The rapper had no censor watching him, and my son’s generation has grown up hearing it all, seeing it all… But have they achived anything better than bringing the language out into the open? Does it make better to sing of good things?

I had these thoughts today when I came across a Youtube video of the karaoke version of Abba’s People Need Love. Why not let groups play the video and sing good words?

Tailpiece: It would appear that the Bombay rag (that is the word I like to use about similar media including several TV channels) DNA has headlines about cyclone Phailin that scream : First, the Anxiety, then the Anticlimax. It must have been an anticlimax to see there was not much of loss of life or destruction.

Why not say: First, the Anxiety, then the Relief (or Acievement, or something positive, that some things worked?)

Tailpiece 2: My wife and I were discussing the Ratnagarh temple stampede.

Whenever and wherever in India we are in a queue, we find people physically pushing from behind. Why? Such behaviour does create problems.

If the physical pushing were an analogue of other behaviour, Indians must have become the most competitive of all the world’s people.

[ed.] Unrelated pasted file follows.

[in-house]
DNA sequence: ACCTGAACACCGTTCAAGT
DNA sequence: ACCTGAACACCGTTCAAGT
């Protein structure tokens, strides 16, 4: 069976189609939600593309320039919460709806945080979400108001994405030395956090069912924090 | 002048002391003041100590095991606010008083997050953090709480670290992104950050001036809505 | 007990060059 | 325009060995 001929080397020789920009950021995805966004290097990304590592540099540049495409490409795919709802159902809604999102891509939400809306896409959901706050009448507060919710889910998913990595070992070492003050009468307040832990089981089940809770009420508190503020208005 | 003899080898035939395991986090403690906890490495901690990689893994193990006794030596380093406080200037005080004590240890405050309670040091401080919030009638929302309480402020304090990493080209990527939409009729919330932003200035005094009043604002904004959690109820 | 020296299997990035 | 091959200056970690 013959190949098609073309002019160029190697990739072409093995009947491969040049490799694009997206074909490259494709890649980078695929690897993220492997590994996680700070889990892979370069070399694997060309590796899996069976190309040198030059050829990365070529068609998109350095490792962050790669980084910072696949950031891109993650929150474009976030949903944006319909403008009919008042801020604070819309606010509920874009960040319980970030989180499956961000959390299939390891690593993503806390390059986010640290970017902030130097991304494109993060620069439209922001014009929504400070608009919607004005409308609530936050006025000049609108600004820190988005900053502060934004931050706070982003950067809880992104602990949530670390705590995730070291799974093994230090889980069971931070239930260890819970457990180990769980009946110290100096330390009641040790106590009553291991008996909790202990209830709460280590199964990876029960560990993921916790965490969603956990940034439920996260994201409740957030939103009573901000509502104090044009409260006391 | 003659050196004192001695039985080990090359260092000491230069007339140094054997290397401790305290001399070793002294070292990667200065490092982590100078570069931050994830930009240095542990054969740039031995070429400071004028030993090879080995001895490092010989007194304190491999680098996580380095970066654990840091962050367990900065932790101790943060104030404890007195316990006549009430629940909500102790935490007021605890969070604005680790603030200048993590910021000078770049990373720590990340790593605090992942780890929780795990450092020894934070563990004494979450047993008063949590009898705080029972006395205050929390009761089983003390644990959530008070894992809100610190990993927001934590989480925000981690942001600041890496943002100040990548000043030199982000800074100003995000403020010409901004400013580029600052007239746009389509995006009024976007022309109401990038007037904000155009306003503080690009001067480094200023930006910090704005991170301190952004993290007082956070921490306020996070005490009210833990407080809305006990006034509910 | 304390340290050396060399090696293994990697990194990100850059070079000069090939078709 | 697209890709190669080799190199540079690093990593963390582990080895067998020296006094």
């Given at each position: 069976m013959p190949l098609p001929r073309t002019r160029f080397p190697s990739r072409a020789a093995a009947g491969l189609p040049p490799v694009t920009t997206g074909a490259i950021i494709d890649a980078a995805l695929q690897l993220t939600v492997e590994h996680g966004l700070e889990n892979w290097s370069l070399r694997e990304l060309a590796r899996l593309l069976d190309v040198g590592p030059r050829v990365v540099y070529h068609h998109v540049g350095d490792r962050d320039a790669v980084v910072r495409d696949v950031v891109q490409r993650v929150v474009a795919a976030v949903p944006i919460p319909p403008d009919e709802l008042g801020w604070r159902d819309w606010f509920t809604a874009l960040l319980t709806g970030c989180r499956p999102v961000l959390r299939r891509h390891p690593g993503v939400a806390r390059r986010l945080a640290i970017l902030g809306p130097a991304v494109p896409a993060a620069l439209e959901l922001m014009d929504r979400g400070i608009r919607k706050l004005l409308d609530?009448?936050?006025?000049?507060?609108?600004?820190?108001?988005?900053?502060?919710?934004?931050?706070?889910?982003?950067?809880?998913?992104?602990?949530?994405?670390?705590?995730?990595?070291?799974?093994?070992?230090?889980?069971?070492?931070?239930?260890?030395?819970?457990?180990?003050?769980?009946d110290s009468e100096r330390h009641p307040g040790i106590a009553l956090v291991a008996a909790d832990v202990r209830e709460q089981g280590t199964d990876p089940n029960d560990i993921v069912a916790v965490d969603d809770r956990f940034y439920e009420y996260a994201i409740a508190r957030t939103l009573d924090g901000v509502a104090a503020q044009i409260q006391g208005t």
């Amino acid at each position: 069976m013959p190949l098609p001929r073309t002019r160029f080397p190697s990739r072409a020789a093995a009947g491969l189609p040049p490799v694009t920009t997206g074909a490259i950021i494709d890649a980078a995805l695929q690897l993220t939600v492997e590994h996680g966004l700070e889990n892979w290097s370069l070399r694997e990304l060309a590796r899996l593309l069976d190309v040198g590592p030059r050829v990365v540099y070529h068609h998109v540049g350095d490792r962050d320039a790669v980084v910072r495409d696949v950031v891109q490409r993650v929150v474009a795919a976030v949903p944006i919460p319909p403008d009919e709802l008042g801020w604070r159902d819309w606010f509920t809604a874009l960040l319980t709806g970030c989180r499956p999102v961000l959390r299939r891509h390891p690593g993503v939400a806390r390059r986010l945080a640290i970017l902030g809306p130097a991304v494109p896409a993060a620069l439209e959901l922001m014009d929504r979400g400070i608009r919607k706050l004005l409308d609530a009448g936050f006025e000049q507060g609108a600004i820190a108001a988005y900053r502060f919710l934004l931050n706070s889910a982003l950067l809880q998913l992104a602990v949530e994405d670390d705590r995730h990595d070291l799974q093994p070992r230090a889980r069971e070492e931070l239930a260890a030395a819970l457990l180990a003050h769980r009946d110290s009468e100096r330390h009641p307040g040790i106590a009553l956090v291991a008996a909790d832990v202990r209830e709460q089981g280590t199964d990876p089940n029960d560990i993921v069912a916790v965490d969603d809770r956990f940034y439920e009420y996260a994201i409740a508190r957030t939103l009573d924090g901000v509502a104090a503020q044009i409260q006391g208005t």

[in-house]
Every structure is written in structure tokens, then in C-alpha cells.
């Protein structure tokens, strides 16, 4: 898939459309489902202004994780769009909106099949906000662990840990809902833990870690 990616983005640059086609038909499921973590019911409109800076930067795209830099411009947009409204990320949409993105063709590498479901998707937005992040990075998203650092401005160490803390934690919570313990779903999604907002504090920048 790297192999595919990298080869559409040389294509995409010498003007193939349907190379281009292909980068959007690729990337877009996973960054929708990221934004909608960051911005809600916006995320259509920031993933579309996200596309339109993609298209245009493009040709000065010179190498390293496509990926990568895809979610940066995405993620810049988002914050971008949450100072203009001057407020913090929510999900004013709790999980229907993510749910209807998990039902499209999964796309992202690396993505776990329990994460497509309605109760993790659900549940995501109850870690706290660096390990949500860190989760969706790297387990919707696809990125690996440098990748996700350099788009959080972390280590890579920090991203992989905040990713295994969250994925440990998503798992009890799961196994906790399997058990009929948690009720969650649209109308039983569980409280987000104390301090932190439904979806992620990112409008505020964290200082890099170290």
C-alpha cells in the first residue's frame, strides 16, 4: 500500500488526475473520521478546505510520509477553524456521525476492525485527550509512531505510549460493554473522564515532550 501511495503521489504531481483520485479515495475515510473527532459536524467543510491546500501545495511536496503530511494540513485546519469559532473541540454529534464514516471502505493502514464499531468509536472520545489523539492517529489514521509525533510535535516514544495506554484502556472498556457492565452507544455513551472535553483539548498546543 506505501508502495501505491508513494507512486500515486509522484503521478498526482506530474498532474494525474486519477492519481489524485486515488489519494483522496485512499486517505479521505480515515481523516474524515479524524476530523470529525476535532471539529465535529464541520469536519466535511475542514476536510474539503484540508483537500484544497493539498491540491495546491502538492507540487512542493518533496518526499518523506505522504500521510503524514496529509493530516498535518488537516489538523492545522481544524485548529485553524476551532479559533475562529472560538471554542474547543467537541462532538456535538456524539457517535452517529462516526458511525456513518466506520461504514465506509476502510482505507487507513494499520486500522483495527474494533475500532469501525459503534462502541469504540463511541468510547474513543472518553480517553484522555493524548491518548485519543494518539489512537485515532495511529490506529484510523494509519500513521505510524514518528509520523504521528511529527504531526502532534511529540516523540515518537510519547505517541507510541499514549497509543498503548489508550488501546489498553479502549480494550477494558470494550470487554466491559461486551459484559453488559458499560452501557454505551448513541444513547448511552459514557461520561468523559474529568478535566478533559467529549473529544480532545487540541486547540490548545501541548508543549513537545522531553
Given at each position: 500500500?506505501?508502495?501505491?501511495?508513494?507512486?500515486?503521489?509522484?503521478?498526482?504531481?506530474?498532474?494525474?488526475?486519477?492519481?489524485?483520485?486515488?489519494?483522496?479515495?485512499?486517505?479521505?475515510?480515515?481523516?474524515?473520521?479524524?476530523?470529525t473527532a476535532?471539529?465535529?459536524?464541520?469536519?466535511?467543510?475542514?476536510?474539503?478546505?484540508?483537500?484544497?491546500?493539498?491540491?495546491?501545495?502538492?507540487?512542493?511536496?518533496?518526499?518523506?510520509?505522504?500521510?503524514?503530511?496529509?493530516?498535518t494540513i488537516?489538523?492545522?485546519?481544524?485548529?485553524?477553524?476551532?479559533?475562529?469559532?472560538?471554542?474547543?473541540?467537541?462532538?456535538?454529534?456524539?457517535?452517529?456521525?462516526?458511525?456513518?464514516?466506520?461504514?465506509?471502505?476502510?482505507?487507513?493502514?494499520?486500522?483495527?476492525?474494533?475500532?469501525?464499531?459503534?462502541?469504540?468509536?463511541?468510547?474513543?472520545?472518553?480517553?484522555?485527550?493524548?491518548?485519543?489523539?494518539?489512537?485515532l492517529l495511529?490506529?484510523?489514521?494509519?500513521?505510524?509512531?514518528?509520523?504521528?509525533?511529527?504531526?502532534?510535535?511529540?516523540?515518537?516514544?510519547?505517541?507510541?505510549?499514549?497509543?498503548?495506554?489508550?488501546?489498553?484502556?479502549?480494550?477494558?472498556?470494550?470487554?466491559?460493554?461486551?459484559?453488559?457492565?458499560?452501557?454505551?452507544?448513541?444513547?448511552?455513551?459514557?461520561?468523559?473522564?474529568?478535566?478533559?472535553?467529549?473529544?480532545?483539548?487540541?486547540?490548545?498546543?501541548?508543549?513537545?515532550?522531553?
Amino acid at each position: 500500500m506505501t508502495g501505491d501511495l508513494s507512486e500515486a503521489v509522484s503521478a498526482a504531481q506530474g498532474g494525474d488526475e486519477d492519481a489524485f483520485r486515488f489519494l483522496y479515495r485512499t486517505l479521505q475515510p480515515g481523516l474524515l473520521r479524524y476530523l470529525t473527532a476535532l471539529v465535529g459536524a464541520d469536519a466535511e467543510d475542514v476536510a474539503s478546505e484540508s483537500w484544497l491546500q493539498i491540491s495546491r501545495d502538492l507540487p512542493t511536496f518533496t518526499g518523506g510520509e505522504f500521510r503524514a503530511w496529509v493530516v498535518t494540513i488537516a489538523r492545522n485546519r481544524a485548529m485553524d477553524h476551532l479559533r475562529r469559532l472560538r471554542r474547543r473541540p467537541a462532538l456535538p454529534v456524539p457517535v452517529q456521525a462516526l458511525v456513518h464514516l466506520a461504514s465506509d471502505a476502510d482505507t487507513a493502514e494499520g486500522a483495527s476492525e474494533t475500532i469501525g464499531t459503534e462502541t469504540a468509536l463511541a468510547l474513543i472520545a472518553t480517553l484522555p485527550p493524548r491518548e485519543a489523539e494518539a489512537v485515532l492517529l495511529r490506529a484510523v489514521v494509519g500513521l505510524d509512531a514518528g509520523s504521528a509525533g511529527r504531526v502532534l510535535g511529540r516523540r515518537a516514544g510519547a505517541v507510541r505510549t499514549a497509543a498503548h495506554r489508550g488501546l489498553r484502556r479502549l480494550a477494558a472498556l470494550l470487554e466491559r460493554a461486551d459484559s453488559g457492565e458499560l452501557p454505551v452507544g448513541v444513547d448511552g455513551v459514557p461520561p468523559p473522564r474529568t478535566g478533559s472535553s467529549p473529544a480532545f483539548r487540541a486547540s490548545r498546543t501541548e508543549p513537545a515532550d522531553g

I checked in at the hospital for the session of chemotherapy on Saturday, the 24th. My son had come down from London. He was incredulous first when my wife called him, asking her what sort  of a joke it was.

His wife was also there, and no, nobody was mournful. I had to thank everyone for that. Others being cheerless is bad!

The doctors had wanted me to start the chemo asap, on 23rd if possible. But the availability of facilities meant post-ponement by a day. After I was admitted, the doc on duty asked for the schedule of therapy.

Schedule? I had not heard of any such thing. It seems we missed taking one from the oncologist on the date of consultation. And now the doctor was out of station and was not taking calls on his mobile phone. So it seemed I would have to lie around for a day.

But then he called back and dictated the schedule.

They first gave some hydrocortisone, antacid, anti emetic, etc, and there was a wait of three hours and one hour, and then started the treatment with taxol and paraplatin. It lasted six hours.